New York motorists who are eager to learn how self-driving cars are progressing should know that there are currently some hurdles. The National Highway Traffic Safety Administration has stated, in a notice that it will make public by the end of November, that further input will be needed on what research to conduct before it can create safety regulations for such vehicles.
The NHTSA carries many responsibilities, now that a Senate committee has approved a bill granting exemptions to the makers of self-driving cars. The minimum requirement is that automakers deploy up to 80,000 self-driving cars annually within three years. In September, the U.S. House of Representatives also approved a measure intended to speed up driverless car manufacturing.
Waivers are granted by the NHTSA, but it awaits comments on how to tailor the close to 75 existing auto safety regulations to self-driving vehicles. It may take years before research helps the agency to decide between revising certain guidelines and writing new ones in their place. The Senate bill gives the agency 10 years to write permanent rules. The legislative measures have had the backing of corporations like General Motors, Ford Motor Company, and Alphabet Inc. However, auto safety groups express concern with the lack of safeguards and are pushing for changes.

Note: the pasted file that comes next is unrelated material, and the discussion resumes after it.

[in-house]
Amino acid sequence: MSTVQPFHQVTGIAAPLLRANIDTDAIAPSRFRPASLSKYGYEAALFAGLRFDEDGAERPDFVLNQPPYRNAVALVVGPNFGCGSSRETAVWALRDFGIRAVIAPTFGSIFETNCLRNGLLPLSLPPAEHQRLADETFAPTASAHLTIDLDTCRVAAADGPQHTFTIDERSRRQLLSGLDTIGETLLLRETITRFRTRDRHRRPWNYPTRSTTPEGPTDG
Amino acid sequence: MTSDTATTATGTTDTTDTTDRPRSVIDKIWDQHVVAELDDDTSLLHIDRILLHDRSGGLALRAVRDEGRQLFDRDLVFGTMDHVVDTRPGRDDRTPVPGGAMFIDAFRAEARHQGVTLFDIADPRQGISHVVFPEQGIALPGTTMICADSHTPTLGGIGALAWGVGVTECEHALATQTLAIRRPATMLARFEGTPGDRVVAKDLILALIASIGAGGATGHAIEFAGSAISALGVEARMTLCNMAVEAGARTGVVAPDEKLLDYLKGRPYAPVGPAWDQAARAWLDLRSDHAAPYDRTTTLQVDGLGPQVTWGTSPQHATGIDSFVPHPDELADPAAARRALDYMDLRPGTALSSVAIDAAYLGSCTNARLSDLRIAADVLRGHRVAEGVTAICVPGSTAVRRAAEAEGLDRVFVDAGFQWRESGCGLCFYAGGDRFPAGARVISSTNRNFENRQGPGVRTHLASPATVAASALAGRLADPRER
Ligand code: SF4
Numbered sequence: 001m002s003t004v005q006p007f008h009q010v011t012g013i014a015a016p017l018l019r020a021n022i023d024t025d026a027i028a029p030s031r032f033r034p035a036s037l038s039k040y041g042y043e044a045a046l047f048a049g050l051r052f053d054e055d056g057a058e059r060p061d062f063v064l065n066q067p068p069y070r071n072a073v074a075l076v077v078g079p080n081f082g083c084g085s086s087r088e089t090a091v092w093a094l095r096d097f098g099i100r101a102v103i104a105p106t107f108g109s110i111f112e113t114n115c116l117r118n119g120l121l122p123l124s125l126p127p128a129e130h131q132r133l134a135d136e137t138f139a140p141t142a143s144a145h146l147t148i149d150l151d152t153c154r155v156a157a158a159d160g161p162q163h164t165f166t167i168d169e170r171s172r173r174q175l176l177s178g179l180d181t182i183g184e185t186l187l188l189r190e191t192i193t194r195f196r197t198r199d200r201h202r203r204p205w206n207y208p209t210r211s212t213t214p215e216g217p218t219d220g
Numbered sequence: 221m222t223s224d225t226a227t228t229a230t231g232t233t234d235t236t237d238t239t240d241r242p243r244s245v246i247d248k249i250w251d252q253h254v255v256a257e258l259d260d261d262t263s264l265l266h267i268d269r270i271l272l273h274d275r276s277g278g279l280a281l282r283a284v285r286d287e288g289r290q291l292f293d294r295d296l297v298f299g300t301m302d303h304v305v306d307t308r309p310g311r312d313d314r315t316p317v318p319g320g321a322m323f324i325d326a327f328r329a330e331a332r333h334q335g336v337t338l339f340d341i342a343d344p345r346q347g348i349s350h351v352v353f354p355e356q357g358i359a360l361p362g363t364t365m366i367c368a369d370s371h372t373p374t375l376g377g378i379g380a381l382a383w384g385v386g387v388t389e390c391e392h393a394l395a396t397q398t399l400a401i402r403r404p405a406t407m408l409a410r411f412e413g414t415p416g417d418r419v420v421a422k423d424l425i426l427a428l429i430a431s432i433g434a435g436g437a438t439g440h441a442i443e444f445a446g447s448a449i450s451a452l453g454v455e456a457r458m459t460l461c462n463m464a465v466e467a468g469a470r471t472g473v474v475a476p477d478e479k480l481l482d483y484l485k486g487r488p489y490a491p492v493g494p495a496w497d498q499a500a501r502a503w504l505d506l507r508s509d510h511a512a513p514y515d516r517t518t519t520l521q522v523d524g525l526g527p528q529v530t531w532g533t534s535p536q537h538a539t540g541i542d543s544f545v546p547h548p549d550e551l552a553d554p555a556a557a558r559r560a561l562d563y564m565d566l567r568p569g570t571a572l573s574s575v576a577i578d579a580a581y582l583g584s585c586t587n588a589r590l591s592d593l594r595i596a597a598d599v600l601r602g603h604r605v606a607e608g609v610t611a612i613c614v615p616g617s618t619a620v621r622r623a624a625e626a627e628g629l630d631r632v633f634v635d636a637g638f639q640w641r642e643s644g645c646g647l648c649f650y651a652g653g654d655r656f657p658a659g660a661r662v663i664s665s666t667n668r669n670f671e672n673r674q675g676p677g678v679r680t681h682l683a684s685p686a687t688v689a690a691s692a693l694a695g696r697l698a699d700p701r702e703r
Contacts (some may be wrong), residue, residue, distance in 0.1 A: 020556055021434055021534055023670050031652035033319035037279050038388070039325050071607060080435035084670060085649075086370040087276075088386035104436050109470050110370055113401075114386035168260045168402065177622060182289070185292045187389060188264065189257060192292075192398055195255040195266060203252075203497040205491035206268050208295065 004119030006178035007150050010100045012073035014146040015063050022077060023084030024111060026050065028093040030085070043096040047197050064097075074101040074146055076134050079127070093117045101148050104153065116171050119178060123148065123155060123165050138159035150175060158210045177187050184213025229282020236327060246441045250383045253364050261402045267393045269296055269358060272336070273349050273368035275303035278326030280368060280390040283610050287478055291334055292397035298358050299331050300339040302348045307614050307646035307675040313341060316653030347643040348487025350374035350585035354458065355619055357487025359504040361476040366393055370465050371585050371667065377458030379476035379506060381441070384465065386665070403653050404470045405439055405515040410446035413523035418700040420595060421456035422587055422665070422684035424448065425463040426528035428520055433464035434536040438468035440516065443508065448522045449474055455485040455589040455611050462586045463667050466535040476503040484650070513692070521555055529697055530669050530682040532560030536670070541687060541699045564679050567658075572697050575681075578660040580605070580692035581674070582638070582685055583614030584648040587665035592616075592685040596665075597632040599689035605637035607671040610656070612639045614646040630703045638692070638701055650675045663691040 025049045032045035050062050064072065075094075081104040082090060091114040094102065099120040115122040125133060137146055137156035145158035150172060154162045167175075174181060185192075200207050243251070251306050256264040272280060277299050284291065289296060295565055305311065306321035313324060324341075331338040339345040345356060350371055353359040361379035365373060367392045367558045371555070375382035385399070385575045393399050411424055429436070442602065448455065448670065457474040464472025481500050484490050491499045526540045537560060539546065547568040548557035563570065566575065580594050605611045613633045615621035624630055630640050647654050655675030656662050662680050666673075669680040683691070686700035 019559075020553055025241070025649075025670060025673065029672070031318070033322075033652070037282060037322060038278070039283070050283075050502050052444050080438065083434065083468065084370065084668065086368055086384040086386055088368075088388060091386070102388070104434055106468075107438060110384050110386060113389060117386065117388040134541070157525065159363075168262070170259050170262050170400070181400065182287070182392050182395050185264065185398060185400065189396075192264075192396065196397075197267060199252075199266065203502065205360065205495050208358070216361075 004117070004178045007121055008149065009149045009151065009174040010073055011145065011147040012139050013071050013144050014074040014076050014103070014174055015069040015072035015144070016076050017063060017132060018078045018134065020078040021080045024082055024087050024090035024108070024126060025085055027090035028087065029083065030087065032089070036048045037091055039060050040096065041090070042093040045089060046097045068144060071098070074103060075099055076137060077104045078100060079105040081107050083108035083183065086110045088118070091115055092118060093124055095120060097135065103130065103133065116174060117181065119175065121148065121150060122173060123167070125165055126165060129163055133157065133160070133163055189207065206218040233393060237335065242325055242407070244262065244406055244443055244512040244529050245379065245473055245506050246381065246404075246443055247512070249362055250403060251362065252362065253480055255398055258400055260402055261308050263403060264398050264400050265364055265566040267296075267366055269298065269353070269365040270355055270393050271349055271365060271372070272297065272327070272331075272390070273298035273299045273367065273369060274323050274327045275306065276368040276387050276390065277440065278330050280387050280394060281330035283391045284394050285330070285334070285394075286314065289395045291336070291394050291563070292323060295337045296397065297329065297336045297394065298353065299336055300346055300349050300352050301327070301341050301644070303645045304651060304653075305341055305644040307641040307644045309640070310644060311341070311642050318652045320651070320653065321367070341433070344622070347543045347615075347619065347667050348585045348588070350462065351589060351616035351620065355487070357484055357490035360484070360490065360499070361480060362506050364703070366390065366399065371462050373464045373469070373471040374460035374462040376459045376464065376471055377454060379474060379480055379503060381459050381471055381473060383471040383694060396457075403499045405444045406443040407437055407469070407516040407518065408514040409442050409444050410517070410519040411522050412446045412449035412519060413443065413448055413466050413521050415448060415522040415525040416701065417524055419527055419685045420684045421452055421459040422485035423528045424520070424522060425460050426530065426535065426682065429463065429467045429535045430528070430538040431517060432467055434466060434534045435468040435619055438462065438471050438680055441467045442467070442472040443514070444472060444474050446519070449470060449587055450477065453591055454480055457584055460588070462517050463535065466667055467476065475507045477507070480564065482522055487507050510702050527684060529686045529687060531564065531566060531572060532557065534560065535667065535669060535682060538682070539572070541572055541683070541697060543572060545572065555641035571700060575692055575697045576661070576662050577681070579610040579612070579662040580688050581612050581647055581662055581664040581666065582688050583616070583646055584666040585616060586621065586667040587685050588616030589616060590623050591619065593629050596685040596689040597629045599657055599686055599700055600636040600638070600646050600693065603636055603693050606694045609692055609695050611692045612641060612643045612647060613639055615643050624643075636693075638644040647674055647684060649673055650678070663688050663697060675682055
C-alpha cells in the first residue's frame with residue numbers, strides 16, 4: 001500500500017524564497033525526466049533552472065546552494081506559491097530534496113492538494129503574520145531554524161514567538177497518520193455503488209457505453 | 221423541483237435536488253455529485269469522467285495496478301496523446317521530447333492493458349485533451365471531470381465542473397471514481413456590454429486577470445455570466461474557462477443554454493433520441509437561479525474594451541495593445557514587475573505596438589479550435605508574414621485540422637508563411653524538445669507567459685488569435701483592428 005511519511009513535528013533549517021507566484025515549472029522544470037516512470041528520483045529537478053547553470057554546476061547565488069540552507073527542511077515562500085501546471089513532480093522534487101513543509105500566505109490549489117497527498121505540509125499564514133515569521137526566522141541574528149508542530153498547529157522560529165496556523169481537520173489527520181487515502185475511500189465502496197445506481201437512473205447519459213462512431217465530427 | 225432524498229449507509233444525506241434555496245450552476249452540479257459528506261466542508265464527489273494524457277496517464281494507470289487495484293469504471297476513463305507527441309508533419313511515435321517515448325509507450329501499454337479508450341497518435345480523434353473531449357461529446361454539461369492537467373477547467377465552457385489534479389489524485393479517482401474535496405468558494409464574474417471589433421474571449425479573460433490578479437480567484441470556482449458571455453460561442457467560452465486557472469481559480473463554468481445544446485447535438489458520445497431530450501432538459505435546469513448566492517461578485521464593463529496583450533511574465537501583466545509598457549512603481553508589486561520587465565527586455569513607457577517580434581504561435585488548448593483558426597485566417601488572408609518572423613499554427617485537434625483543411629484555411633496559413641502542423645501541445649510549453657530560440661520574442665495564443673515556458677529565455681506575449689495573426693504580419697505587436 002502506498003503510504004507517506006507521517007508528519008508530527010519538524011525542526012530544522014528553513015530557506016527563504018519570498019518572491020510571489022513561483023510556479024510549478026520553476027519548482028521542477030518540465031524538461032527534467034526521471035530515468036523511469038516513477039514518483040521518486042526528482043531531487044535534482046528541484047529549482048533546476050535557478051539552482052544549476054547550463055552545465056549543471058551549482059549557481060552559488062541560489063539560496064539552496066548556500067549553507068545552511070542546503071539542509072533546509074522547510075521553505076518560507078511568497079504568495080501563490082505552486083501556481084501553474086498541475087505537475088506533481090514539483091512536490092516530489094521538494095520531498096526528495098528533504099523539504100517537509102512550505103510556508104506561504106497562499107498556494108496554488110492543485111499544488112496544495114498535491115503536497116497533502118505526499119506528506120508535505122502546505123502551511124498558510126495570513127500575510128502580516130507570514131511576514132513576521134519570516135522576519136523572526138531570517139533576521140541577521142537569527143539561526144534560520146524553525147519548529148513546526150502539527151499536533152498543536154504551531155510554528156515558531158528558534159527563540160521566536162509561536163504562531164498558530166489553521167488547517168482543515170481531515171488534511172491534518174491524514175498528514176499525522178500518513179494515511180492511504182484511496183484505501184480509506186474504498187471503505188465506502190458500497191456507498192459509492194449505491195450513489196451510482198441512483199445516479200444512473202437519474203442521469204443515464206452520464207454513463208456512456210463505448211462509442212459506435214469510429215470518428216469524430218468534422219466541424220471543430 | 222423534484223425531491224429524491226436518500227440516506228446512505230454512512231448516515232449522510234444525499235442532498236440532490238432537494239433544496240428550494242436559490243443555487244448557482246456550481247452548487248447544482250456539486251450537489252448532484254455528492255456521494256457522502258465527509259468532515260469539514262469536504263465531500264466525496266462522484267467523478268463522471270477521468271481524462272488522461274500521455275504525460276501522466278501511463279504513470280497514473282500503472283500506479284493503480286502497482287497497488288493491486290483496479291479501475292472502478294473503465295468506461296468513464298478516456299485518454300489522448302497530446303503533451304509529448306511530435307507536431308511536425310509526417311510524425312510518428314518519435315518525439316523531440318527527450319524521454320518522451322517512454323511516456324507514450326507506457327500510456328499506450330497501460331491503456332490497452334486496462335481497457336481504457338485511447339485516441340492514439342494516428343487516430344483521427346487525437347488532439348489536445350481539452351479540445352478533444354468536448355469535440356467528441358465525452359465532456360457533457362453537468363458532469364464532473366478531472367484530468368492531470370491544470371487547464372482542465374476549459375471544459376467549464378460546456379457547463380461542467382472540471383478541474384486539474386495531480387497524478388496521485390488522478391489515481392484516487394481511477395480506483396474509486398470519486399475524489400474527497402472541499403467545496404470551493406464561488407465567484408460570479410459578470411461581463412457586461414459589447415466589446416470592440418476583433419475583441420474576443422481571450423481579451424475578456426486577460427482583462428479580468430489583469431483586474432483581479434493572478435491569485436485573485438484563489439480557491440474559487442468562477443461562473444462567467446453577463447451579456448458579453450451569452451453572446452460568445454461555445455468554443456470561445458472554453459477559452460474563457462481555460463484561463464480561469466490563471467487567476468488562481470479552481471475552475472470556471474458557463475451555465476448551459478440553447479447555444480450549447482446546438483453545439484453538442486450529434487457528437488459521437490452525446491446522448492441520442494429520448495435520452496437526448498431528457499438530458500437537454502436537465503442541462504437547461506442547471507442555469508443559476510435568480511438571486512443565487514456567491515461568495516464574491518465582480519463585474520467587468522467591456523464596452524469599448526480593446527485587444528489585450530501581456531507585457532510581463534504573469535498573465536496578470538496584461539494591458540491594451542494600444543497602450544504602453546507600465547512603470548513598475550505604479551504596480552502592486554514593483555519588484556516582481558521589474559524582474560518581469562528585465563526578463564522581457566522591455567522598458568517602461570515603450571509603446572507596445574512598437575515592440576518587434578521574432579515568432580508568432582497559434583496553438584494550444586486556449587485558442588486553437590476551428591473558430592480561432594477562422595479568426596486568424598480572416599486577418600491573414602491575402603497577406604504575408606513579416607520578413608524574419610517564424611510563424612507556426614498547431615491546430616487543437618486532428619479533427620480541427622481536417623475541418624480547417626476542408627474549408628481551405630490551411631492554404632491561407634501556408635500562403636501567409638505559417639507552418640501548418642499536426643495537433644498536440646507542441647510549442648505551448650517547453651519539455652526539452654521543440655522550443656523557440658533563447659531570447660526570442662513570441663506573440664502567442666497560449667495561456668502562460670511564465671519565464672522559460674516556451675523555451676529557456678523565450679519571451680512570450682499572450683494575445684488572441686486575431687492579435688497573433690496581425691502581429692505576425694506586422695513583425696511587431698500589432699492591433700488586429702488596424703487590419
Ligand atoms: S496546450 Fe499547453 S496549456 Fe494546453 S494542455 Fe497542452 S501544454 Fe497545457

Victims of motor vehicle accidents know all too well what conditions on the roads are like. Thankfully, they have the right to file injury claims in the effort to receive compensation. A lawyer can assess a claim, determine if the other driver was negligent or reckless, and factor in any negligence on the victim's part. Experts could be hired to reconstruct the accident scene, and investigators could gather evidence that the lawyer will use during negotiations with the insurance companies.